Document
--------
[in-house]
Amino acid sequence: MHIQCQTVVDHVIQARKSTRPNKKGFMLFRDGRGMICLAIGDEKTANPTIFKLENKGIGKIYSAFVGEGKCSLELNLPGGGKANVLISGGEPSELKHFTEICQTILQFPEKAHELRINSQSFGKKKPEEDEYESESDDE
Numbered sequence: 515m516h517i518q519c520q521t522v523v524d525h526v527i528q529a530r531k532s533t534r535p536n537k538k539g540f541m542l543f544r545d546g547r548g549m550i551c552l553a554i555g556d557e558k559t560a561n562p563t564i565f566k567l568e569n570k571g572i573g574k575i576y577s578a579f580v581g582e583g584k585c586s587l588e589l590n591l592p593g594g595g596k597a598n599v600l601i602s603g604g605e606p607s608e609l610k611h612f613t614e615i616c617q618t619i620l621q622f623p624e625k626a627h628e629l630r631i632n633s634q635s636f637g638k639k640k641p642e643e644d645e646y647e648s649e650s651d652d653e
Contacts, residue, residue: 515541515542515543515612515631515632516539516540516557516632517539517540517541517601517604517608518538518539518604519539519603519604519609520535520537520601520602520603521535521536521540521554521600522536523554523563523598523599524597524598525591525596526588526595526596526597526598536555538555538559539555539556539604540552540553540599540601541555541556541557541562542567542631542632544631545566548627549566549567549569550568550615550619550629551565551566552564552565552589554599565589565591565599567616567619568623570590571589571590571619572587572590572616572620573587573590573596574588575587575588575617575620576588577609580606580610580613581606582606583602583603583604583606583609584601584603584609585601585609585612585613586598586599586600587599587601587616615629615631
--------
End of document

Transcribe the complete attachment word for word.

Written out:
[in-house]
Amino acid sequence: MHIQCQTVVDHVIQARKSTRPNKKGFMLFRDGRGMICLAIGDEKTANPTIFKLENKGIGKIYSAFVGEGKCSLELNLPGGGKANVLISGGEPSELKHFTEICQTILQFPEKAHELRINSQSFGKKKPEEDEYESESDDE
Numbered sequence: 515m516h517i518q519c520q521t522v523v524d525h526v527i528q529a530r531k532s533t534r535p536n537k538k539g540f541m542l543f544r545d546g547r548g549m550i551c552l553a554i555g556d557e558k559t560a561n562p563t564i565f566k567l568e569n570k571g572i573g574k575i576y577s578a579f580v581g582e583g584k585c586s587l588e589l590n591l592p593g594g595g596k597a598n599v600l601i602s603g604g605e606p607s608e609l610k611h612f613t614e615i616c617q618t619i620l621q622f623p624e625k626a627h628e629l630r631i632n633s634q635s636f637g638k639k640k641p642e643e644d645e646y647e648s649e650s651d652d653e
Contacts, residue, residue: 515541515542515543515612515631515632516539516540516557516632517539517540517541517601517604517608518538518539518604519539519603519604519609520535520537520601520602520603521535521536521540521554521600522536523554523563523598523599524597524598525591525596526588526595526596526597526598536555538555538559539555539556539604540552540553540599540601541555541556541557541562542567542631542632544631545566548627549566549567549569550568550615550619550629551565551566552564552565552589554599565589565591565599567616567619568623570590571589571590571619572587572590572616572620573587573590573596574588575587575588575617575620576588577609580606580610580613581606582606583602583603583604583606583609584601584603584609585601585609585612585613586598586599586600587599587601587616615629615631